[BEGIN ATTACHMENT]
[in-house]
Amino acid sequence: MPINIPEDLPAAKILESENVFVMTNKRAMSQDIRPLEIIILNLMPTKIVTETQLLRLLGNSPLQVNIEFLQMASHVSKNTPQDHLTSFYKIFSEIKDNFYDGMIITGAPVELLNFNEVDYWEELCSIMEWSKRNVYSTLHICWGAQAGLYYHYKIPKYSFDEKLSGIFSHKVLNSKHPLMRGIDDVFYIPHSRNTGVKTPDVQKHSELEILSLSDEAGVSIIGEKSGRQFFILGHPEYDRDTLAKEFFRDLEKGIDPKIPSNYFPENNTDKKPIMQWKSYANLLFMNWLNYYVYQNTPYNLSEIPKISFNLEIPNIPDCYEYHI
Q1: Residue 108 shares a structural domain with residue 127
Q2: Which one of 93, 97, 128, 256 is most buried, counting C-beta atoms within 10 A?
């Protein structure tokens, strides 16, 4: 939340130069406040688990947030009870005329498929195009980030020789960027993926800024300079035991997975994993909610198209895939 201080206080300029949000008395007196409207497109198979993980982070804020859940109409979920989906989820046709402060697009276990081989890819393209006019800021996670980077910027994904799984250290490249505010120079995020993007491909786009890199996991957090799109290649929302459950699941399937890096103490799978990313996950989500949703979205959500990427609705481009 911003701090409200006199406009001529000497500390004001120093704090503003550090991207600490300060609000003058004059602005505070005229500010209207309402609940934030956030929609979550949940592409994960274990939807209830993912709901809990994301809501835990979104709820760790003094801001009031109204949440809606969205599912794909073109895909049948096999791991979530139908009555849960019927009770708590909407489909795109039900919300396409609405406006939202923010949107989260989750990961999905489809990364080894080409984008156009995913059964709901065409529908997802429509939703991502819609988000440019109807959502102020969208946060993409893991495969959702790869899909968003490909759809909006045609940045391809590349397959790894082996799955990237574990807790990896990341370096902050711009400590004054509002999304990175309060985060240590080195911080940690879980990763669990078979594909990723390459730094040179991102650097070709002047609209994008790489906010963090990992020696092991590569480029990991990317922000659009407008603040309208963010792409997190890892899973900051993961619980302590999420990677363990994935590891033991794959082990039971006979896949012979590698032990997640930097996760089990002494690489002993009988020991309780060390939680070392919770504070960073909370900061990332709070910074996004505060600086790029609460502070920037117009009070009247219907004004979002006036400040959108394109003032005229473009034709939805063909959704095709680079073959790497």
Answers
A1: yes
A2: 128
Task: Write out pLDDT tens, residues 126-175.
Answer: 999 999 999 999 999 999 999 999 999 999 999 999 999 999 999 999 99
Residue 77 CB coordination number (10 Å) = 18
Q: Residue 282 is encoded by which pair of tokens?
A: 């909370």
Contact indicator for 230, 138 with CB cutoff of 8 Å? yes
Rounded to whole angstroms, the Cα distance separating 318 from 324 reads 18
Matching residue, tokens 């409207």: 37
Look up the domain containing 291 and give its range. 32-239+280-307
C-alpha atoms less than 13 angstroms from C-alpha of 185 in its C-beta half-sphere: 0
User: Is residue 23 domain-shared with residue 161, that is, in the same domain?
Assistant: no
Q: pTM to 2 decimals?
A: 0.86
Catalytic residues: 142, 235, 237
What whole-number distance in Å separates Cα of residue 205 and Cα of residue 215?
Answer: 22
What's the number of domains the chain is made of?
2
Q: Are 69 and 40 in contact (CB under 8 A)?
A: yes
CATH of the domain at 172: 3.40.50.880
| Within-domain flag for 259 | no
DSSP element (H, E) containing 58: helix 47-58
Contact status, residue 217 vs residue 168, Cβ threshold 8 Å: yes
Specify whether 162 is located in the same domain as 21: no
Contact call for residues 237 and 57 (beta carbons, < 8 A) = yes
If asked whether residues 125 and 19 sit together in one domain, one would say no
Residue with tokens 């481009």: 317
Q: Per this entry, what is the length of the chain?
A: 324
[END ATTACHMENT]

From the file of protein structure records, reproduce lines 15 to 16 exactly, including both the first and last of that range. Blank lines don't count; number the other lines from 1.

Rounded to whole angstroms, the Cα distance separating 318 from 324 reads 18
Matching residue, tokens 């409207």: 37